Take "dish soap" for example. Both British and American English use the word "soap," but you won't really hear a British person call their washing up liquid "dish soap" unless they've lived in the US and, I assume, Canada for a time (do Canadians call it dish soap, too, or do you call it something else?) because, to them, it doesn't make much sense. Because soap is supposed to be a solid and not a liquid, haha. And Americans aren't really ever going to call a cookie a biscuit because biscuits aren't supposed to be sweet or flat.

I personally find it really interesting to compare notes.

We had the term in NZ too but, wasn't too common, though you'd hear it from time to time.

Does NZ have a similar term that's more common to use?


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Re: RANTING/VENTING MEGATHREAD 3.0
« Reply #12597 on: October 29, 2020, 03:19:59 pm »
I mean, unique colloquialisms and idioms have developed to describe similar things, from country to country and from region to region, even if they share the same language, and it's not really a crazy concept that these things end up transferring or being adopted simply because they just make sense to everyone, while certain other ones just don't. Immigration, close borders, mass media, entertainment. It happens.

Take "dish soap" for example. Both British and American English use the word "soap," but you won't really hear a British person call their washing up liquid "dish soap" unless they've lived in the US and, I assume, Canada for a time (do Canadians call it dish soap, too, or do you call it something else?) because, to them, it doesn't make much sense. Because soap is supposed to be a solid and not a liquid, haha. And Americans aren't really ever going to call a cookie a biscuit because biscuits aren't supposed to be sweet or flat.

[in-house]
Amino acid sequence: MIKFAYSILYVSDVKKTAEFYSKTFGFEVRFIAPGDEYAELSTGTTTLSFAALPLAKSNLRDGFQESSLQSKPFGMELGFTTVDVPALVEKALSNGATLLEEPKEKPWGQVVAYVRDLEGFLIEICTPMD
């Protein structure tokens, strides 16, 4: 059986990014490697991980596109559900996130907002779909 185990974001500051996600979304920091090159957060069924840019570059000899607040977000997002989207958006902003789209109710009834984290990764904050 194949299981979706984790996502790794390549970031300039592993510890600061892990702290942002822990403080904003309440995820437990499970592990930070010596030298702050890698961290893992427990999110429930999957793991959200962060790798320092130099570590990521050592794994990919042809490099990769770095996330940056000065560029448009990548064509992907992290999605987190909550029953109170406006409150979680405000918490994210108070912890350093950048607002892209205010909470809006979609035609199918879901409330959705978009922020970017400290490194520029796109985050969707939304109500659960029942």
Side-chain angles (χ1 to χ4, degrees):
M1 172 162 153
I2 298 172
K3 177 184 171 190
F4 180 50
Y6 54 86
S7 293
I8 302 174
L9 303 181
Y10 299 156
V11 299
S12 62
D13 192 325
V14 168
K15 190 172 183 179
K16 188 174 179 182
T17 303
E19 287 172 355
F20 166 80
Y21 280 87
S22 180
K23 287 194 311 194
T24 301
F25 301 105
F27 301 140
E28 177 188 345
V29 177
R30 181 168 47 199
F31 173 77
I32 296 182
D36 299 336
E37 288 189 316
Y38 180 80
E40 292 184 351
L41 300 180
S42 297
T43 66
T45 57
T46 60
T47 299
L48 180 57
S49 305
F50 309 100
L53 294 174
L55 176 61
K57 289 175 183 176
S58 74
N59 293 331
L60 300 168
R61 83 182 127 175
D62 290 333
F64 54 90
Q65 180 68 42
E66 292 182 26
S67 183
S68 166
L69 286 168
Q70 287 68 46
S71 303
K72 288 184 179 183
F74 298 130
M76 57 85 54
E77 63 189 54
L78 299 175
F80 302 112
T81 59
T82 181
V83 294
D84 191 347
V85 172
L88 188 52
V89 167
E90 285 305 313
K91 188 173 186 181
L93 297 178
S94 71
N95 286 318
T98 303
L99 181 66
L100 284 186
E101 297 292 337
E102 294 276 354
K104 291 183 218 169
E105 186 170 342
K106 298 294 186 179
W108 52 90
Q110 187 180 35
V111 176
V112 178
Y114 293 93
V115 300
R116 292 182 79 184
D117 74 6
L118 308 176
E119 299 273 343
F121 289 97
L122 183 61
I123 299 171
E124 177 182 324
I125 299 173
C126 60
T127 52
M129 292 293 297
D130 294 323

I personally find it really interesting to compare notes.

Does NZ have a similar term that's more common to use?

I don't remember a different one instead of "hog wild" - but we call dish soap 'detergent' in NZ, dish soap was uncommon. :o
I've never heard dish soap be called regular soap haha.


Re: RANTING/VENTING MEGATHREAD 3.0
« Reply #12598 on: October 29, 2020, 04:44:03 pm »
There is always one kid who ruins it for everyone.  Last year I spend quit a bit of time putting together a choose your own adventure for halloween. I used it in 3rd and 4th grade and was very careful to make it spooky but not really scary. All the ghosts and monsters were cartoonish, there was no blood and no jump scares. All the students seemed to enjoy it...except for one. There was one boy in 4th grade who spent the whole class with his head on his desk, his eyes clenched shut and his hands over his ears.  I thought it was weird but I guess some kids just have a lower tolerance for that sort of thing. Fair enough.  He has since taken it to another level. I tried to play a dungeon runner game  i found on here with his class. There aren't even any monsters in that game. The students just have to remember a series of directions. If they choose the wrong route, they come to a dead end. That's it. As soon as I put it on he starts yelling "No, no, no!" and tries to take my usb out of the computer. I explain to him there are no monsters. My coteacher also explains. He starts crying and I have to abandon the game.  Now he is in grade five. Today I played a hangman alternative I whipped up. It's just a guy chewing bubble gum. If the students guess wrong he blows a bubble that gets bigger until it eventually pops. He immediately starts freaking out yelling and crying.
I have had several conversations with my CoT about him. He does not have any behavioral problems and is actually one of the best students in the class.  I guess his class will not play anymore games.


Re: RANTING/VENTING MEGATHREAD 3.0
« Reply #12599 on: October 29, 2020, 04:54:31 pm »
There is always one kid who ruins it for everyone....

Sounds like he's been coddled by his parents to the point that it's perverse.

And here's me playing this to a 3rd grade class after my halloween lesson. Yes, they got scared, but they really kick a kick out of it. Typically, I save the horror shorts as rewards, at the end of the lesson, for my 5th and 6th graders (they absolutely love it) and my CTs have no problem with me showing it.

http://www.youtube.com/watch?v=FS-s56NY14k&ab_channel=MidnightVideo